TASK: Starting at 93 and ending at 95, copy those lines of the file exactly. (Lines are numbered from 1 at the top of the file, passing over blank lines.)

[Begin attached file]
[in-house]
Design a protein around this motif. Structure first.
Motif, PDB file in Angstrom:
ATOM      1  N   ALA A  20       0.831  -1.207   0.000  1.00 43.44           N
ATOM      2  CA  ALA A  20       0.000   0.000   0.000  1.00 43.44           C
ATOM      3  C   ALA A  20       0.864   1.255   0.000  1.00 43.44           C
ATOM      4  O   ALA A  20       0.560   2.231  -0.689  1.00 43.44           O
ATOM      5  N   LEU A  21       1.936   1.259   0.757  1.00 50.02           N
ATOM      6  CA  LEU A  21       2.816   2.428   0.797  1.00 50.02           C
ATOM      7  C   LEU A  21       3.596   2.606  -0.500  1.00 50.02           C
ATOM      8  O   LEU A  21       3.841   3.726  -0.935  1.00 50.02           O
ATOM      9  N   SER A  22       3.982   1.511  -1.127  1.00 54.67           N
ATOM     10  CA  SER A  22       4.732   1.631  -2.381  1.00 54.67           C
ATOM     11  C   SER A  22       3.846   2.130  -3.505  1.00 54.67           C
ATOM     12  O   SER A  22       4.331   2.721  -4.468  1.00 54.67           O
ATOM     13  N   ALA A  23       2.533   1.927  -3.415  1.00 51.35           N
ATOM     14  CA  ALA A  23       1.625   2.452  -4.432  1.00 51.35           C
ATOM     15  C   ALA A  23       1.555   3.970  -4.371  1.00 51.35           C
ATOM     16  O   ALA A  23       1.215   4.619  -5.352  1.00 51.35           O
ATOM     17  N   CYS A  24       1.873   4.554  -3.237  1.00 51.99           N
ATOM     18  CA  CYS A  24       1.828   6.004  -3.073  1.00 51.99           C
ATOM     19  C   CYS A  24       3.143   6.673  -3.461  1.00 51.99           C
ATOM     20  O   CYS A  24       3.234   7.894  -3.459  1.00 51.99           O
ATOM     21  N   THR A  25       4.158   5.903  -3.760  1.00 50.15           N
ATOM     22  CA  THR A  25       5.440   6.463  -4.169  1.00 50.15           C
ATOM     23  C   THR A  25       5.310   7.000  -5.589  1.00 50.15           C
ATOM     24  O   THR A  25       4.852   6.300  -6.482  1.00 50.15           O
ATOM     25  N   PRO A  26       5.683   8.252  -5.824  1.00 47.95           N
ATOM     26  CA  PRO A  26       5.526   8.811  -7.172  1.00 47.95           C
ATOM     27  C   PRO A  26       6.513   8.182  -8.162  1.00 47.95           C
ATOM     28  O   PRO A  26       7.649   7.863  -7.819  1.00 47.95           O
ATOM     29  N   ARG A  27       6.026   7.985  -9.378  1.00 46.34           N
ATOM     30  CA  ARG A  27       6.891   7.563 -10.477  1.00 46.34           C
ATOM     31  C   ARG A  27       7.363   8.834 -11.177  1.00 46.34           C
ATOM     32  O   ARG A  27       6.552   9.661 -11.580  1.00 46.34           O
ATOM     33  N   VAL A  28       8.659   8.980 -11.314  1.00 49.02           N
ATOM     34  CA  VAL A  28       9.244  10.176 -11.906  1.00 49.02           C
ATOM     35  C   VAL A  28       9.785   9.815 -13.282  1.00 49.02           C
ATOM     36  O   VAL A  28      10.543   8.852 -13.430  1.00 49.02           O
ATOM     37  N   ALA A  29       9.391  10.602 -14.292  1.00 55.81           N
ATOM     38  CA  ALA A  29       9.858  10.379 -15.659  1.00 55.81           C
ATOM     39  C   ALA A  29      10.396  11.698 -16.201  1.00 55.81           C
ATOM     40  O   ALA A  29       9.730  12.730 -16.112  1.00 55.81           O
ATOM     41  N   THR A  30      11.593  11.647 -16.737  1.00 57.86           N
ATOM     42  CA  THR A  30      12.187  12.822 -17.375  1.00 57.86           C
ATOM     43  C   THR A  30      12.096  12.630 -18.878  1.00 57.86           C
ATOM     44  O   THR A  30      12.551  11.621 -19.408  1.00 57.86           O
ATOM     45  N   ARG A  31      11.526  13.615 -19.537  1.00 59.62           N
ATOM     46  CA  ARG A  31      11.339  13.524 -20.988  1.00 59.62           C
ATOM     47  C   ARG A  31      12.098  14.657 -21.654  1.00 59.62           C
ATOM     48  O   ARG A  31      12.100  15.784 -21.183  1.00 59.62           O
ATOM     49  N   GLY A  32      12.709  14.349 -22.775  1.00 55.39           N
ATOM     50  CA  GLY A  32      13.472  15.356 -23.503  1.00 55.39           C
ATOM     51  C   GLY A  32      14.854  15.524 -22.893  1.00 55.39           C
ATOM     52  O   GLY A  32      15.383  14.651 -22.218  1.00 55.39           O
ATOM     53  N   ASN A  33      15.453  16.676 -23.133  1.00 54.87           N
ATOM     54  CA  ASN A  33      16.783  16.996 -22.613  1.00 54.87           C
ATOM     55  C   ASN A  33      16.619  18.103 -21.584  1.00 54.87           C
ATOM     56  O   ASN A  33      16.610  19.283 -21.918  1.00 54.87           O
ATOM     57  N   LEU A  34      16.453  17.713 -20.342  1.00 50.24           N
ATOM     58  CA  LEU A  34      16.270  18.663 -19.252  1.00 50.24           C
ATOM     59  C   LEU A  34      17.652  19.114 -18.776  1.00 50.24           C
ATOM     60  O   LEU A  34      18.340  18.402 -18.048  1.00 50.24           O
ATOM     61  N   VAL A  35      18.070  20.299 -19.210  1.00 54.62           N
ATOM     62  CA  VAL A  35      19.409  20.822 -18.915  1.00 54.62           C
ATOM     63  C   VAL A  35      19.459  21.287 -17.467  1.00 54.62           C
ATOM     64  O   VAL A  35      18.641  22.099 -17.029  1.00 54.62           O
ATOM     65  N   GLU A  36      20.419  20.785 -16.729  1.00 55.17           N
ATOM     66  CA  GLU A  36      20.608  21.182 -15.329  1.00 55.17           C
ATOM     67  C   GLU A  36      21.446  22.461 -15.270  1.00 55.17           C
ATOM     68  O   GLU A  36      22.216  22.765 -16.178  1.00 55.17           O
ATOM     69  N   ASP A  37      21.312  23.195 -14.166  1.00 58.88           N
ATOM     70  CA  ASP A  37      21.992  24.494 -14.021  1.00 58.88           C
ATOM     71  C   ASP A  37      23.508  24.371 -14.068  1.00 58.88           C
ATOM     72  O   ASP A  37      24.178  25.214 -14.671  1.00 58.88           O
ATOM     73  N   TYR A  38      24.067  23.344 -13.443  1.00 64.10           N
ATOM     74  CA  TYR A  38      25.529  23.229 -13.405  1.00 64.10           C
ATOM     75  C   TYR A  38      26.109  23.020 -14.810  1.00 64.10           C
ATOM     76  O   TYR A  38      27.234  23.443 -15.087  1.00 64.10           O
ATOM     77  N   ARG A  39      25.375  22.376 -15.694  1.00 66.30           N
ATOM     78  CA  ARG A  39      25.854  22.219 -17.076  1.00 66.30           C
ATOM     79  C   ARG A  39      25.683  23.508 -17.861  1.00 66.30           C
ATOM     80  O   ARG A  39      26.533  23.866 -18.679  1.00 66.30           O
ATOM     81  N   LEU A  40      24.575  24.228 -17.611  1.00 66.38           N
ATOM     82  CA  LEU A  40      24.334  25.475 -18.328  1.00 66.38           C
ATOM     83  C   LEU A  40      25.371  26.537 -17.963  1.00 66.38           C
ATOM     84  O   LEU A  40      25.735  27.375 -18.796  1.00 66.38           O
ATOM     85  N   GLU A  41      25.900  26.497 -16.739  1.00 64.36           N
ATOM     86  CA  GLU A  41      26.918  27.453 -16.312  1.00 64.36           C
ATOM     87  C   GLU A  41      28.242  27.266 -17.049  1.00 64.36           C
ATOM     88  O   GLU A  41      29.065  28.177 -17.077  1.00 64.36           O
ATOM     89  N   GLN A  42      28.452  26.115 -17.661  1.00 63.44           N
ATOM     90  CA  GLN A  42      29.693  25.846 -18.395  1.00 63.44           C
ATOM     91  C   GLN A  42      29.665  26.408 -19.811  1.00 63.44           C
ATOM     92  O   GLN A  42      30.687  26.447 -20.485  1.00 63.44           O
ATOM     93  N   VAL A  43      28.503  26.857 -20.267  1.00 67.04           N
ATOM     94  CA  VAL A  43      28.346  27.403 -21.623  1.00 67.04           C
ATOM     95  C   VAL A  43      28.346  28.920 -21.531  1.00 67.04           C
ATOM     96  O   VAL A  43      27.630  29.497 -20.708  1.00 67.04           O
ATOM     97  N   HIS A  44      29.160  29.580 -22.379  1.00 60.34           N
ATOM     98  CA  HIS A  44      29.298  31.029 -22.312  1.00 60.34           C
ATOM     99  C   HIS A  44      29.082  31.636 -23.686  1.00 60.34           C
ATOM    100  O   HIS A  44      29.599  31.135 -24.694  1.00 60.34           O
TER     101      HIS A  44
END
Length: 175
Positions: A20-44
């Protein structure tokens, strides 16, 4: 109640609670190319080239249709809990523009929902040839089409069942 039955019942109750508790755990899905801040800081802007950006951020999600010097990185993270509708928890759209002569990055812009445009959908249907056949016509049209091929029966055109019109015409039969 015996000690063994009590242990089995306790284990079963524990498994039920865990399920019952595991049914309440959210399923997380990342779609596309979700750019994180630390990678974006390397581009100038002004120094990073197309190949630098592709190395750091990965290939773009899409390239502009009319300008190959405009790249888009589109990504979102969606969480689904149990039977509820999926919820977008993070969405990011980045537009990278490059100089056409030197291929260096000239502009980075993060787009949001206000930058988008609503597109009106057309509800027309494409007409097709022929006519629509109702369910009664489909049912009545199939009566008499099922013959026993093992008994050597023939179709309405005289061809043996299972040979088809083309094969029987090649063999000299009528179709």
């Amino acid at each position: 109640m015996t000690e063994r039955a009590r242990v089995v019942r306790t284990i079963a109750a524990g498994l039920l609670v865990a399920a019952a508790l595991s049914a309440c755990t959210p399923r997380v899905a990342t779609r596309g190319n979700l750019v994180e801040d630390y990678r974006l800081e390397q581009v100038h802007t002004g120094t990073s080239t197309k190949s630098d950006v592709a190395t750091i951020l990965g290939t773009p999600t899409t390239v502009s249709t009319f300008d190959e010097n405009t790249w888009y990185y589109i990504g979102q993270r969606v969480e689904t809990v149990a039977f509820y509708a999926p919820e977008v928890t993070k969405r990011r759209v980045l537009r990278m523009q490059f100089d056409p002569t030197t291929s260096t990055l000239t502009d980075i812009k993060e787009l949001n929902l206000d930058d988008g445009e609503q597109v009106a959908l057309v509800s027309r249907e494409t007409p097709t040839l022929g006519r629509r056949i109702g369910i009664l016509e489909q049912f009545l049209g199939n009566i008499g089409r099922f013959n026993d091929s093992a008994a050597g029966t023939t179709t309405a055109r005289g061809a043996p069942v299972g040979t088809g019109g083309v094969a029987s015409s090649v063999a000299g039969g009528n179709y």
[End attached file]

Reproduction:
ATOM     90  CA  GLN A  42      29.693  25.846 -18.395  1.00 63.44           C
ATOM     91  C   GLN A  42      29.665  26.408 -19.811  1.00 63.44           C
ATOM     92  O   GLN A  42      30.687  26.447 -20.485  1.00 63.44           O